Out of context and all incorrect.
Final disposal of the Used Fuel has already been paid for by the ratepayers. There are two charges on every kilowatt-hour sold. One for the Decommissioning Fund and one for permanent disposal of Used Fuel. By law the used fuel will become the responsibility of the government, and it will pay for the disposal with the money in the fund. But there is no place for the Used Fuel to go right now, thanks to Senator Reid and anti-nukes. So the plants have to pay for it in Dry Casks, and they want the money already paid back. Federal courts have supported this and a lot of money has already been given back to several plants.
The NRC will continue to regulate many aspects of the decommissioning work, particularly the radiological safety. They just don't approve the overall plan. The owners and contractors can break up concrete without NRC approval. ...(full comment)
Fourth-graders should NOT be placed in a middle school. This is a good decision, and it's rather unsettling to me to think that at some point, someone thought it was a good idea to put these children in a population of kids at a significantly different developmental stage.
What still worries me a lot is that the Newton Street School serves, arguably, the greatest population of at-risk students; by that, I mean the pupils coming in from the nearby homeless hotels, who are already suffering from transience and disruptions in, or absence of, what most of us would consider to be a normal childhood.
If this town is going to continue to house this large homeless population, we need to take a much savvier approach to placing at-risk children. Those hotels are forcing kids to grow up too fast, and not in a good way. Placing them in middle school too early is just asking for trouble. ...(full comment)
You also have not acknowledged the costs to serving such a large development in your estimation of the tax base. Also note that Walmart's leases often include clauses that prohibit competitors from occupying their spaces (if they leave for some reason) for 7 years - leaving the town with an empty shell for that time. ...(full comment)
$15/hour? You have that in writing? I have heard nothing of the sort. And you really think Walmart has become so successful by enriching communities? The evidence to the contrary is on the ground all over the country - again, you would think places like Holyoke, with all their big-box chain retail, would be thriving, but we know that's not the case. I am not anti-capitalism, I am anti-taxpayer-subsidized capitalism, and that is Walmart's entire business model (hence the poverty wages, which still require employees to use public subsidies to stay afloat, and the deserted downtowns in their wake). ...(full comment)
This proposed NED pipeline is unnecessary and a travesty of Kinder Morgan greed that may permanently destroy five square miles and much more, of Massachusetts' pristine land, farming, and water resources: all for this company's efforts to syphon off a U.S. asset for private gain. The enormous compressor stations, connected by the flimsiest possible leaky pipelines, will be belching VOC's, endocrine disruptors, neurotoxins, arsenic in tons over time, and God knows what else. This will permanently poison air, water and soil in this entire region. It is very clear that this company has no moral compass, and no regard for human health and well being. The meetings offered locally can best be described as Kafkaesque: where these amoral salesmen present lies and death with bland indifference. If a foreign national came to this land, and enacted this, there is a word for that. "Accidents" may, through insurance, may ultimately benefit their bottom line. It is appalling that eminent domain for private profit is becoming policy for the Federal Energy "Regulatory" Commission. It is not in place to regulate the behavior of these entities who pay their salary. It is increasingly evident that it is in place to regulate citizens while they are stripped of resources, property and even their lives by private corporations.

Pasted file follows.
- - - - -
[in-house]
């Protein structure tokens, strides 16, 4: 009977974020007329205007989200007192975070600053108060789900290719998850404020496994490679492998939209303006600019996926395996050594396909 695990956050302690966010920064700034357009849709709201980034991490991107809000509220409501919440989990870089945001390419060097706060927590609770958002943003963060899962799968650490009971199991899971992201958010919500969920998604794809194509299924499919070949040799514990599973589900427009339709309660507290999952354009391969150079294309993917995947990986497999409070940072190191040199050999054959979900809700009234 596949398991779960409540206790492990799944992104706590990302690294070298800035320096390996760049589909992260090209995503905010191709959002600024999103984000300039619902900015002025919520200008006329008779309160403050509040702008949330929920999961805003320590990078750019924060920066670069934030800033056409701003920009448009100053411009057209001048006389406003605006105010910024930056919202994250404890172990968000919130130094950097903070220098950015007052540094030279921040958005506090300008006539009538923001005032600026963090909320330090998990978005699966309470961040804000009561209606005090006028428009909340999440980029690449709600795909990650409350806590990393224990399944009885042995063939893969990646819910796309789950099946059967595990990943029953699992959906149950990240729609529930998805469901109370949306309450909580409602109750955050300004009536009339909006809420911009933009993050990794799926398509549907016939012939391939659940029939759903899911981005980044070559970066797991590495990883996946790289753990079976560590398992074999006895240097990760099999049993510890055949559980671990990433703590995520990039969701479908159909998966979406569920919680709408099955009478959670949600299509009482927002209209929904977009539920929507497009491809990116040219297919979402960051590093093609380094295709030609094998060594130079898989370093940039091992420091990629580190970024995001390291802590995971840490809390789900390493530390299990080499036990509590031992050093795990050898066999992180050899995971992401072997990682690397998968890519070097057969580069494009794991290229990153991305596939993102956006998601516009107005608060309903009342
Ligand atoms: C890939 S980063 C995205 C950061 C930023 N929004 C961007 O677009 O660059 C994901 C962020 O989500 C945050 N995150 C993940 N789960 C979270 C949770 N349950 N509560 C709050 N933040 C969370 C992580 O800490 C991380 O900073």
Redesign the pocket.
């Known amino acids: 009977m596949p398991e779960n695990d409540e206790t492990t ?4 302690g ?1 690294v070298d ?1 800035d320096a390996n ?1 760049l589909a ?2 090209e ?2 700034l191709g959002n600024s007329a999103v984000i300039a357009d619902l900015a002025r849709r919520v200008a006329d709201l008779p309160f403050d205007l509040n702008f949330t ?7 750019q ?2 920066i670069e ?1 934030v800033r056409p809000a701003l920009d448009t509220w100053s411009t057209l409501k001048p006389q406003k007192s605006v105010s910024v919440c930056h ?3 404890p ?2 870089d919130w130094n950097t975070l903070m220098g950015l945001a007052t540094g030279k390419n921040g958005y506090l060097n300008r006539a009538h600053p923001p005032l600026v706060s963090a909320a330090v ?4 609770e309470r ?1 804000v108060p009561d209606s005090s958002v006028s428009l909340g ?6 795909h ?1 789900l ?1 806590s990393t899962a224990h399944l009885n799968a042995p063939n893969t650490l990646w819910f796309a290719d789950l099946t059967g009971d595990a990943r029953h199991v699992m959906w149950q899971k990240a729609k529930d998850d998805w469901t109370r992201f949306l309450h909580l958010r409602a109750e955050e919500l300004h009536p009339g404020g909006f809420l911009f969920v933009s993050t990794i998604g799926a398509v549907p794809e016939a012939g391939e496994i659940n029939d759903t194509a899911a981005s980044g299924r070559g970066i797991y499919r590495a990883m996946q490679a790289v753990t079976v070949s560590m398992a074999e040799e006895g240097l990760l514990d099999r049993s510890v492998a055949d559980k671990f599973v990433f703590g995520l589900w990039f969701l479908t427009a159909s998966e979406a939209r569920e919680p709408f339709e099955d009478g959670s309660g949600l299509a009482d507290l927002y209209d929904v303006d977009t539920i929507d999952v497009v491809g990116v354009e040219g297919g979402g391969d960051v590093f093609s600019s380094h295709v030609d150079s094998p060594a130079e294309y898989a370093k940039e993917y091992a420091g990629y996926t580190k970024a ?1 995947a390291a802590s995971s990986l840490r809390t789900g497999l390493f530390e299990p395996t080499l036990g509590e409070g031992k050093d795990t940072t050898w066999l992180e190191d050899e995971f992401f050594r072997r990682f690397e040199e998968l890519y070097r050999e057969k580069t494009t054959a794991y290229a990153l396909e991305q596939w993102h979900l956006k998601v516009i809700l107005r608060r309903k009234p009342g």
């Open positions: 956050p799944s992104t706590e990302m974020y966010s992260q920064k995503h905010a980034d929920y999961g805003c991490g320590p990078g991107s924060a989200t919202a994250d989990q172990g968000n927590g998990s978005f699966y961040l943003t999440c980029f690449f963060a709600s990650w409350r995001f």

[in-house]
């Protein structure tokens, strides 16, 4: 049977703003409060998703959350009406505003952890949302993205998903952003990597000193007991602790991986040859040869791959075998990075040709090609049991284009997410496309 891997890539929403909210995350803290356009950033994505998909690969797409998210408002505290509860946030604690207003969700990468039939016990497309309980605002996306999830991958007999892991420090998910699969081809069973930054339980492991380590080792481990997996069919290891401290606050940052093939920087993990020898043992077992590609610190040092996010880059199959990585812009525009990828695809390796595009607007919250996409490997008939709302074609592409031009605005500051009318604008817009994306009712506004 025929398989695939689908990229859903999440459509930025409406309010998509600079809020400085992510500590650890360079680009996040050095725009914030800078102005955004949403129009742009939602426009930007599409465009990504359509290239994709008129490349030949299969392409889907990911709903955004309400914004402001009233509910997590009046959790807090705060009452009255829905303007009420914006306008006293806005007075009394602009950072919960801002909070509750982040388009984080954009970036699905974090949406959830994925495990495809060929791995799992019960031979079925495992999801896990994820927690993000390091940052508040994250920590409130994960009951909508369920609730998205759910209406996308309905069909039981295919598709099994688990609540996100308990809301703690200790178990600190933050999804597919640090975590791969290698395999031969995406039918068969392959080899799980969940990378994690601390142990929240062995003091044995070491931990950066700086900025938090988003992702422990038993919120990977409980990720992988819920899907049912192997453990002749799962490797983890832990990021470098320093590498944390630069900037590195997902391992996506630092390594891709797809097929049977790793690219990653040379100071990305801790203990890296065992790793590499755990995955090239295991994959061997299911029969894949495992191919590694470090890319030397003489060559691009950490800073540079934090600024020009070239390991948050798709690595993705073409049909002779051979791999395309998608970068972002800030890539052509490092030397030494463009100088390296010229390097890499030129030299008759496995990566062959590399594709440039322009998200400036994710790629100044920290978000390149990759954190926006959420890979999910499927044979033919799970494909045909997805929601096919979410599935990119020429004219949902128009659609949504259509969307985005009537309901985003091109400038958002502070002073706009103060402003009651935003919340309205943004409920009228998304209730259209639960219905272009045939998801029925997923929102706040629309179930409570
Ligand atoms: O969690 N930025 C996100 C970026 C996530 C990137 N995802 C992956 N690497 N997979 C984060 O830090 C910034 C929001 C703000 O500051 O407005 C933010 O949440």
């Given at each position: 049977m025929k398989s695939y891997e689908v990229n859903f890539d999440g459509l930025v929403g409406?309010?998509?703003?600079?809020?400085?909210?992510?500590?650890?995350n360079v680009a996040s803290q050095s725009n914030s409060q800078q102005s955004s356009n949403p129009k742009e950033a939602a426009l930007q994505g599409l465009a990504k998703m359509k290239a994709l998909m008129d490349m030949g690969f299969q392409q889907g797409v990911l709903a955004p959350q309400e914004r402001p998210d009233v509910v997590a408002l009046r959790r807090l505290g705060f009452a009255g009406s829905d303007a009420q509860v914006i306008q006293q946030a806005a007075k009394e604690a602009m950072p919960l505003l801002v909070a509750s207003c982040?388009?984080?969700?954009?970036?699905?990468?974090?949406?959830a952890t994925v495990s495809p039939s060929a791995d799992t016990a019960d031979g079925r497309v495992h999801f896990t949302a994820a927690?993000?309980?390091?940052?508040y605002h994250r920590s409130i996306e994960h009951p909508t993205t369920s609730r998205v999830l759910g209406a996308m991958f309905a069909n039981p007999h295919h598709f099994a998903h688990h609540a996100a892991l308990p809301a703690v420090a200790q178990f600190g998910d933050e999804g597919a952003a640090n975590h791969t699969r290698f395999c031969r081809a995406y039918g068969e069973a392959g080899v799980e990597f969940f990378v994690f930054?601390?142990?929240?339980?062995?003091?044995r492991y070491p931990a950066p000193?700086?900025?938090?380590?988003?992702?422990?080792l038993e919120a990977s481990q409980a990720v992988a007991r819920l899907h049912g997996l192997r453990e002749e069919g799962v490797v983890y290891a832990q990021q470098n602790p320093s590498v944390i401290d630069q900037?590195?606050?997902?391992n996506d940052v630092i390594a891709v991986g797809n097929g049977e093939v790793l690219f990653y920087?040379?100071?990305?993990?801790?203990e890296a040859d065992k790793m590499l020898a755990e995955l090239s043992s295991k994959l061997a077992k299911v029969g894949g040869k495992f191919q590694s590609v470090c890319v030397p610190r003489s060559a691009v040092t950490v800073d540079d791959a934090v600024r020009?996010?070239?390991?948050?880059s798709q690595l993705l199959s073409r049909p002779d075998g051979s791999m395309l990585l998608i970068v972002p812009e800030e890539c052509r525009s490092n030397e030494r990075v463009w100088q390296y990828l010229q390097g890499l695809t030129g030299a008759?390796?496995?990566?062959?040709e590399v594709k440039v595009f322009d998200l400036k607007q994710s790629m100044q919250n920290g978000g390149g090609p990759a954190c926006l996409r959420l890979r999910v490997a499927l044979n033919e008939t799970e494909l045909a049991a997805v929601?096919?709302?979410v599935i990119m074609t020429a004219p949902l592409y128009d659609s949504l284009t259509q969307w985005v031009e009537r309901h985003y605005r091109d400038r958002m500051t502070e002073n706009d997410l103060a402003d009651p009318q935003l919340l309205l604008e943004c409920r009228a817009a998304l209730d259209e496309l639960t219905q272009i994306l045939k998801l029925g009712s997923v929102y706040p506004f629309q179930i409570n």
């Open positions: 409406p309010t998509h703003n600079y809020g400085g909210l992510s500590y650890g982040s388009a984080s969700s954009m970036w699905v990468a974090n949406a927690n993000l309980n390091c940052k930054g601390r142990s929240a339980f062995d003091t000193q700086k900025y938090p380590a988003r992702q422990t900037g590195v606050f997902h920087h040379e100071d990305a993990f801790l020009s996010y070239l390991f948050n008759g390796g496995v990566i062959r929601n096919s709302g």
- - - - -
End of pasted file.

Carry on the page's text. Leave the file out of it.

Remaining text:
Your wrong about the tax base. Sales and property tax will greatly help Greenfield's bottom line. Add 200 new entry jobs and you will help our homeless neighbors pull up their boot straps. Walmart it self has admitted they will be paying $15 per hour. Your just anti capitalism. I hope Walmart comes to Greenfield. I will no longer order my family needs from the internet. I will then spend my hard working money in Greenfield. ...(full comment)
First, this will NOT increase the tax base - study after study shows that the services towns must provide to these types of developments do not pay off in sales taxes - just the extra policing alone will make it a wash. Second, great, a Wal-Mart as a new "entrance" to town - as if Walmart is always known for its beautiful architecture. Please. I'll take the trees. ...(full comment)
I am totally against big box stores (or even small ones) that don't pay a living wage and treat their employees badly as Walmart's history has shown anyone who can read. Does anyone who does support a big box actually believe that if Walmart came to town they wouldn't be the death of the small businesses in town? They'll hire locals then fire them before the benefits kick in, it's not gonna help anyone in Greenfield. There are now 3 dollar stores in town, the last is quite large so anyone wanting cheap, poorly made, sure-to-fall-apart-in-a-week underwear, you now have plenty of choices. Or you can shop at Wilsons or the Outdoor store and buy really nice made-in-America items that will last you for years. You get what you pay for. ...(full comment)